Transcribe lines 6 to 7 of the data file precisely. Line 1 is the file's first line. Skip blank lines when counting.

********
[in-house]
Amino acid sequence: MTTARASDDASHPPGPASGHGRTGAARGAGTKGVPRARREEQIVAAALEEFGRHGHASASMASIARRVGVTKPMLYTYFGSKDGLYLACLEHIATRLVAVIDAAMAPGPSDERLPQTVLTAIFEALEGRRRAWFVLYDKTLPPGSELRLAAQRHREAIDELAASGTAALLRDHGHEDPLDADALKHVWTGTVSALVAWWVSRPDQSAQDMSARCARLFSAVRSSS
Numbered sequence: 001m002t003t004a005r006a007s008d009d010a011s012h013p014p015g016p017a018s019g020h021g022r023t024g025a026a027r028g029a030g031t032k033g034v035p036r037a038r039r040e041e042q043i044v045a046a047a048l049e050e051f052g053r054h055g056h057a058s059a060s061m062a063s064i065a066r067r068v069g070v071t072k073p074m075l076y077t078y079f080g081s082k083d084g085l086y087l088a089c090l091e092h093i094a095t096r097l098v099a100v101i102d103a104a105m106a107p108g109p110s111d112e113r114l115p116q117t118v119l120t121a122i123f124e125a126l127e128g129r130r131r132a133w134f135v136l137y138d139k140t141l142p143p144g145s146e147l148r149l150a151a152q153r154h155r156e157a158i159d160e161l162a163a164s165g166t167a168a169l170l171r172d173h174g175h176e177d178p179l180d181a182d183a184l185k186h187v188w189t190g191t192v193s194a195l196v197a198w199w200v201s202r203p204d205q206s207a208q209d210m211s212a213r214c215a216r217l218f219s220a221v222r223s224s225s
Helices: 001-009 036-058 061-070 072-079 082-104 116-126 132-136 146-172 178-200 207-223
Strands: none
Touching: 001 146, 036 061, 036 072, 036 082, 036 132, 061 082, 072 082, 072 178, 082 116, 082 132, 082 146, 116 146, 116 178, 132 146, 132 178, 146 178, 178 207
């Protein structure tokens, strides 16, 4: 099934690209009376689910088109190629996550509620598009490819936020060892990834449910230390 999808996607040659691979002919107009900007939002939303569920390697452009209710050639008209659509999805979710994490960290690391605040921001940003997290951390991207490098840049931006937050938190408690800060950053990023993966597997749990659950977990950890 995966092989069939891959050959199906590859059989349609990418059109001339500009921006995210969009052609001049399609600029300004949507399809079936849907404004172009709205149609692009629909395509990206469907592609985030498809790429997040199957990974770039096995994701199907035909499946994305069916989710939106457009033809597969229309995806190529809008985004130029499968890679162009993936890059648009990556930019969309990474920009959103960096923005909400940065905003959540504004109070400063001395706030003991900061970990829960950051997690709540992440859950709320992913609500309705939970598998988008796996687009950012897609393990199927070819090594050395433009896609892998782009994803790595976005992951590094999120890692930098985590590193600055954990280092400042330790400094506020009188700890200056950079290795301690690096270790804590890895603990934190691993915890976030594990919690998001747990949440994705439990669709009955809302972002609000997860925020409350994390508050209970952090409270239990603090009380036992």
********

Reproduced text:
Touching: 001 146, 036 061, 036 072, 036 082, 036 132, 061 082, 072 082, 072 178, 082 116, 082 132, 082 146, 116 146, 116 178, 132 146, 132 178, 146 178, 178 207
């Protein structure tokens, strides 16, 4: 099934690209009376689910088109190629996550509620598009490819936020060892990834449910230390 999808996607040659691979002919107009900007939002939303569920390697452009209710050639008209659509999805979710994490960290690391605040921001940003997290951390991207490098840049931006937050938190408690800060950053990023993966597997749990659950977990950890 995966092989069939891959050959199906590859059989349609990418059109001339500009921006995210969009052609001049399609600029300004949507399809079936849907404004172009709205149609692009629909395509990206469907592609985030498809790429997040199957990974770039096995994701199907035909499946994305069916989710939106457009033809597969229309995806190529809008985004130029499968890679162009993936890059648009990556930019969309990474920009959103960096923005909400940065905003959540504004109070400063001395706030003991900061970990829960950051997690709540992440859950709320992913609500309705939970598998988008796996687009950012897609393990199927070819090594050395433009896609892998782009994803790595976005992951590094999120890692930098985590590193600055954990280092400042330790400094506020009188700890200056950079290795301690690096270790804590890895603990934190691993915890976030594990919690998001747990949440994705439990669709009955809302972002609000997860925020409350994390508050209970952090409270239990603090009380036992």